Ron’s had enough of his embarrassing body
PUBLISHED: 14:11 01 March 2011
Honiton town councillor travels to London for alternative treatment.
Dystonia - The facts
Dystonia is a neurological movement disorder.
It is characterised by sustained and involuntary muscle contractions or spasms.
Spasms can causes twisting, repetitive movements or abnormal postures.
The disorder is not degenerative.
At least 70,000 people in the UK suffer from the disorder.
There is no known cure.
A HONITON councillor, who suffers from an embarrassing disorder which causes his body to constantly shake, hopes an alternative therapy will improve his quality of life - and allow him to stand for re-election in May.
Ron Farnham, 66, of Dowell Street, last Friday travelled to London for his first consultation with a hypnotherapist recently featured on Channel 4’s Embarrassing Bodies programme.
He hopes hypnotherapy will relieve up to 99 per cent of his symptoms, but faces an uphill battle to win funding for the treatment on the NHS - even though conventional therapies have failed to work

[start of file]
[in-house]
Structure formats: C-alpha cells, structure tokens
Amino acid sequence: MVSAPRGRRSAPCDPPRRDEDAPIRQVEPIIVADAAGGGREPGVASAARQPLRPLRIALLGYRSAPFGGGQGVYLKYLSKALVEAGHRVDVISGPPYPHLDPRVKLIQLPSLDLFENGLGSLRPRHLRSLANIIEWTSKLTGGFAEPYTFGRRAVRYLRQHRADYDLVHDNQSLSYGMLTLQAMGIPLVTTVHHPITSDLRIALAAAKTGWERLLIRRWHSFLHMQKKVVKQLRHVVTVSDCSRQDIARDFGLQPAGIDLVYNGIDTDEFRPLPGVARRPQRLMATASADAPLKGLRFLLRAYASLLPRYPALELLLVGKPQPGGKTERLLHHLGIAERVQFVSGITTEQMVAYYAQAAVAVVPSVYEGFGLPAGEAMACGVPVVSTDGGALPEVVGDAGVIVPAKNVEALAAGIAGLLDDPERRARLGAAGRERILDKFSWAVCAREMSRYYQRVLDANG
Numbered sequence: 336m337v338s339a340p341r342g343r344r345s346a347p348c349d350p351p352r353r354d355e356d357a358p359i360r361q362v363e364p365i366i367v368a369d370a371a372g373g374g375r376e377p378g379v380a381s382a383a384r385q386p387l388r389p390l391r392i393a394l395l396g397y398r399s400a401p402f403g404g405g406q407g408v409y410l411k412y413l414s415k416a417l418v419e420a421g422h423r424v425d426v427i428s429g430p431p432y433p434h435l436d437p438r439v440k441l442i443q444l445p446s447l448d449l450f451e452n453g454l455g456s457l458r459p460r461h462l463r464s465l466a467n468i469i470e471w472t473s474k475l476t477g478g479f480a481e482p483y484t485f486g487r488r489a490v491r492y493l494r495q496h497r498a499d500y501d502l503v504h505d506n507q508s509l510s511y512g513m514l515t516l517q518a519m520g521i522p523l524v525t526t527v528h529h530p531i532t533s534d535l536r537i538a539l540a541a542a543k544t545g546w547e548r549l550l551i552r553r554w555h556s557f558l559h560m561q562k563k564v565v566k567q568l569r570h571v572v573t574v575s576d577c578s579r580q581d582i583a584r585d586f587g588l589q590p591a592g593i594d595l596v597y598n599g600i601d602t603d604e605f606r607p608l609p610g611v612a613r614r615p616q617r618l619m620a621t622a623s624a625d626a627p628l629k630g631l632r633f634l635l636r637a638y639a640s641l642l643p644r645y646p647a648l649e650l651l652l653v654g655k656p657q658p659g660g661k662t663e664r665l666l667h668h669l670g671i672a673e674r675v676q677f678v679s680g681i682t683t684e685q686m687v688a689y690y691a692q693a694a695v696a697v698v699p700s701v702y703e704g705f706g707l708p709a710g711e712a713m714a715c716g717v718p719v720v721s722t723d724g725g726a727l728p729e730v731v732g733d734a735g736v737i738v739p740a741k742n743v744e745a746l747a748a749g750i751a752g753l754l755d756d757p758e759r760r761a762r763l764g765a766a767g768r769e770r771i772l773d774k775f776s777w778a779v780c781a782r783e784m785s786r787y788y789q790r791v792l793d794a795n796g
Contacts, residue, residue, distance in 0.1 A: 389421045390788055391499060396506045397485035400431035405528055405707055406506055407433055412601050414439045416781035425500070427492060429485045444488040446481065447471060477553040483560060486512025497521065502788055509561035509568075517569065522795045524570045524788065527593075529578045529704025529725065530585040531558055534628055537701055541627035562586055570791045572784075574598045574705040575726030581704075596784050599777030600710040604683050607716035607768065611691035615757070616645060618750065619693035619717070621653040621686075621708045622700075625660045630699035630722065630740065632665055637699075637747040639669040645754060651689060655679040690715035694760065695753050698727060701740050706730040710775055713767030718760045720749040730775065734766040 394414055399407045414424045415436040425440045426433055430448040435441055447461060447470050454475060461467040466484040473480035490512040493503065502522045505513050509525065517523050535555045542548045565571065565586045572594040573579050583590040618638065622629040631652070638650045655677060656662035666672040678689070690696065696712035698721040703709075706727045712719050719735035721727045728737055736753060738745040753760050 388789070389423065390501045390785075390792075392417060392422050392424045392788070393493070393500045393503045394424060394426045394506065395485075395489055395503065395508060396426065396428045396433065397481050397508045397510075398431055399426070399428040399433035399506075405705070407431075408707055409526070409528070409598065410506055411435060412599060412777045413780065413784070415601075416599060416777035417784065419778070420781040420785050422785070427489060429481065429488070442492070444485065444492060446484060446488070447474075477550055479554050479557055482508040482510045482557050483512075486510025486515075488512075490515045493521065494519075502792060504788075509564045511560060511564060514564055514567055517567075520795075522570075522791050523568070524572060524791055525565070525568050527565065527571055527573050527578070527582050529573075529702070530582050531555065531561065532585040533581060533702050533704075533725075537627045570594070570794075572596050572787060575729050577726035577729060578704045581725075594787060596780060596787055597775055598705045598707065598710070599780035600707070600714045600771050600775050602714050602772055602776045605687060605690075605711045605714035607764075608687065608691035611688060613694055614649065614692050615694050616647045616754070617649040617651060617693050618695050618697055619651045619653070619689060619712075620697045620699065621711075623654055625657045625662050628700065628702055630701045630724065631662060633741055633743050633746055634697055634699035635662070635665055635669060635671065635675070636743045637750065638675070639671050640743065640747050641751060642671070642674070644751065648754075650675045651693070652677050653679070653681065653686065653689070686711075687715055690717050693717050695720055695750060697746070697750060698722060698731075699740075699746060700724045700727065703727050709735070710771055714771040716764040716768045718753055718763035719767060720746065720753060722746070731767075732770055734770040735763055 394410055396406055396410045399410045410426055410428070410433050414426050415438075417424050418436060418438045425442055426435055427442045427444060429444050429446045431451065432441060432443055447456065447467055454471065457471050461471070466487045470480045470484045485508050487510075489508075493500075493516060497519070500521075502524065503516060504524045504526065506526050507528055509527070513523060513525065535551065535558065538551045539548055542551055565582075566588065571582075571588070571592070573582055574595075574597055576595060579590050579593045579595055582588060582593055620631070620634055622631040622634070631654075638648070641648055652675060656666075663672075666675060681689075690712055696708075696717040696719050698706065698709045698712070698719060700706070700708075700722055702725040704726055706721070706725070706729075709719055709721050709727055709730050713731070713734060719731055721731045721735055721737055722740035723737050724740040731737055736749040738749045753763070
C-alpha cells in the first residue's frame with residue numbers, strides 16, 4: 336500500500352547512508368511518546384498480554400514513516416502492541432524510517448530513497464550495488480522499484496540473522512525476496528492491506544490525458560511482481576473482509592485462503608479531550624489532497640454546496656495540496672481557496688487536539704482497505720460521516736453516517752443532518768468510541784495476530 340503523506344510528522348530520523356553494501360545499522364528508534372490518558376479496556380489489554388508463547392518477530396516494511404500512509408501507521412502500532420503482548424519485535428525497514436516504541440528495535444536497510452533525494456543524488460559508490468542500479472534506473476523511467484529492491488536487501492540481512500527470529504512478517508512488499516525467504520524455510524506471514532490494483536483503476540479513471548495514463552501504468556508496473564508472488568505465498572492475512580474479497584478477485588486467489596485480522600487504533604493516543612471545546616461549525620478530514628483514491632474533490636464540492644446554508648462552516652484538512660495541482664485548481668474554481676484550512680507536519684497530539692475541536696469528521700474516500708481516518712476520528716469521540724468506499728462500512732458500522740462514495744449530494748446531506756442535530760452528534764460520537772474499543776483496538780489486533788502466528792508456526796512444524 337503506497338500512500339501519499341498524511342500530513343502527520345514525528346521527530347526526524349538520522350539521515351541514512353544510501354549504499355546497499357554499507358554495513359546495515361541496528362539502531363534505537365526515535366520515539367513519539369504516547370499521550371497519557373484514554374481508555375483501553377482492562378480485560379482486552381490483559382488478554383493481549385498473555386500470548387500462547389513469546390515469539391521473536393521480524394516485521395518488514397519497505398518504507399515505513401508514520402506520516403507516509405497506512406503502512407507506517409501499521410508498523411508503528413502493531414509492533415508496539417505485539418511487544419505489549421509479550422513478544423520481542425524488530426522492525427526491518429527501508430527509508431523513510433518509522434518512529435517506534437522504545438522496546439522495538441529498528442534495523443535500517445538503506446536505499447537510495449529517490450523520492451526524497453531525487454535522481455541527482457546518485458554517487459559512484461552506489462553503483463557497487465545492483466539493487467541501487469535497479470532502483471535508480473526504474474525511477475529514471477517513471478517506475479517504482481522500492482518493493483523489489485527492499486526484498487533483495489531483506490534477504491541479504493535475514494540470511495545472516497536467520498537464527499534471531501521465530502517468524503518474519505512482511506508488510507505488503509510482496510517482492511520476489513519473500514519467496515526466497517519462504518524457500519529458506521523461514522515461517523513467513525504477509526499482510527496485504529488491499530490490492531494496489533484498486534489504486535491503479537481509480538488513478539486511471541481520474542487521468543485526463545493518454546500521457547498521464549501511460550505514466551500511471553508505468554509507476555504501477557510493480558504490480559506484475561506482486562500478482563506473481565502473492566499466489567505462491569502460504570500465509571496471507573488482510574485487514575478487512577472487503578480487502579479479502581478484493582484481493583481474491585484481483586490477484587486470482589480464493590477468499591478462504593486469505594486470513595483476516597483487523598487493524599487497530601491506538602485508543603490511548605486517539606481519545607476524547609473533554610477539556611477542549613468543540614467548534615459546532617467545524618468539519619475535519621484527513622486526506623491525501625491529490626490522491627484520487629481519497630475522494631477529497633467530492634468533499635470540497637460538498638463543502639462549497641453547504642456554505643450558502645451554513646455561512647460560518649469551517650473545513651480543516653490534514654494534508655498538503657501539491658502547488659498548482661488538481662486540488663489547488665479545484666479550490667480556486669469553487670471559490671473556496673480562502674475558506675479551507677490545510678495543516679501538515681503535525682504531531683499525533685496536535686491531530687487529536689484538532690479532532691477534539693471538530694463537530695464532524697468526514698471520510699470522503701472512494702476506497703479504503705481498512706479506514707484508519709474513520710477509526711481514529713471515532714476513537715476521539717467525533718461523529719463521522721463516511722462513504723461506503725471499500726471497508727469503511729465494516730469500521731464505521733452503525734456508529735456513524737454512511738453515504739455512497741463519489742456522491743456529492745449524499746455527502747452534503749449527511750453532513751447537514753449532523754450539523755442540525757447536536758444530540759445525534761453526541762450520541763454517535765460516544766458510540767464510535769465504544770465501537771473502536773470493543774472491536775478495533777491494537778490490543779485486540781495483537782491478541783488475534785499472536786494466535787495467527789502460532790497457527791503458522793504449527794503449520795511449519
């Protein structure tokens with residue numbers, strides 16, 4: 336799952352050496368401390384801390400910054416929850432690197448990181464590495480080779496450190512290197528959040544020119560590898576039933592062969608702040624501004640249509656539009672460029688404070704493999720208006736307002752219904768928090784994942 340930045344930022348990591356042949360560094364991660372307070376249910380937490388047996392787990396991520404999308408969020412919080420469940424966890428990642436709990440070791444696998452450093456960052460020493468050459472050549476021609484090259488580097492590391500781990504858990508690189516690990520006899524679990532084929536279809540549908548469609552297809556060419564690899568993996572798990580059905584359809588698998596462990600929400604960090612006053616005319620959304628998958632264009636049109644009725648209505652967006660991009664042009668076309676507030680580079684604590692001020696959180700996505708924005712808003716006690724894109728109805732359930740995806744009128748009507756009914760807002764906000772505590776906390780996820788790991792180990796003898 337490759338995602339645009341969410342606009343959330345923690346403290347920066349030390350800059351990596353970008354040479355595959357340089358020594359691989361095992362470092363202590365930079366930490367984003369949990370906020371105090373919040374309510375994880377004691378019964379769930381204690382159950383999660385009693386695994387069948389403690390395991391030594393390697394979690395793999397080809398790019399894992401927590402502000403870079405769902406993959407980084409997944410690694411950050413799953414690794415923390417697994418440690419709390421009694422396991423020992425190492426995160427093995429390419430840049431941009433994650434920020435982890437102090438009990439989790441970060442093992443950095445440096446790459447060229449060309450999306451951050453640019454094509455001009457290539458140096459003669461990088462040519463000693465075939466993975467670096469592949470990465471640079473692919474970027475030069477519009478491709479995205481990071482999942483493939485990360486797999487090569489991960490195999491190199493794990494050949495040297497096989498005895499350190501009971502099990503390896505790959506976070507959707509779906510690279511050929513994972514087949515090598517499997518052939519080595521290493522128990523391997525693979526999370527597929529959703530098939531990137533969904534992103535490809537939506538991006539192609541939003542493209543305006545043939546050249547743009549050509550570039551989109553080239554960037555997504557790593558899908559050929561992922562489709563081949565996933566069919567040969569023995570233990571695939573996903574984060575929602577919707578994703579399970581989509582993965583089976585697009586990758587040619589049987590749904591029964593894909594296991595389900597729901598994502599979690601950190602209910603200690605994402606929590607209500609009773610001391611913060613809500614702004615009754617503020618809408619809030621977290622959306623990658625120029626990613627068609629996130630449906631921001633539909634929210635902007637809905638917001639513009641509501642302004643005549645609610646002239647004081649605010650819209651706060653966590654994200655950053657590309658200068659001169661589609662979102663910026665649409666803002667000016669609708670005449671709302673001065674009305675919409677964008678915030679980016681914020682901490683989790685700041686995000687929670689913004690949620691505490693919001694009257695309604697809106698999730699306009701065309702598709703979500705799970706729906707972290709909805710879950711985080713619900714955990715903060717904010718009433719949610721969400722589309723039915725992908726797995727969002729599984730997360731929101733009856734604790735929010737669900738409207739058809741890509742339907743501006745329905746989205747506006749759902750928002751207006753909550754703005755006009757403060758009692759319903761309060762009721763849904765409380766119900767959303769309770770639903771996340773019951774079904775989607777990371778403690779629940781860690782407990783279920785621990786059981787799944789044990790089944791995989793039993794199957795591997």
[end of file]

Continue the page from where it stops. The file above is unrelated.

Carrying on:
“A lot of people think I suffer from Parkinson’s,” Mr Farnham told The Midweek Herald. “In fact, I have got Dystonia.
“In my case, it is hereditary and causes tremors and spasms.
“I can’t hold things in my hands or ride my motorbike. I am constantly shaking.”
Stress can aggravate the condition and Mr Farnham recently took three months off as a councillor to rest.
“The stress of meetings can make the symptoms appear worse and I worry how people perceive me,” he said.
“I was amazed when I saw my condition featured on Embarrassing Bodies. A sufferer had been helped to feel 99 per cent better through hypnotherapy, which relieved stress.
“The sufferer had tried Botox and medication treatments, but they hadn’t worked - exactly what happened to me.”
After watching the programme twice, Ron fired up his computer and managed to locate and contact the hypnotherapist featured by email.
Less than a week later, he was on his way to London.
He is determined to undergo a course of hypnotherapy, but is concerned about the cost.
“Because hypnotherapy is considered an alternative therapy, funding is not readily available on the NHS,” he said.
“I am going to pay myself, but investigate if there is anything the NHS can do to help.
“I would go anywhere and do anything to improve my quality of life.
“I enjoy being a town councillor and working for the people of Honiton, but whether I can continue is something I will have to consider.”
Nobody from NHS Devon was available to comment before The Midweek Herald went to press yesterday (Tuesday).
Further information about dystonia is available from the Dystonia Society.
The charity runs a helpline for sufferers on 0845 4586322.
Detailed information is available at the click of a mouse - from the society’s website, www.dystonia.org.uk
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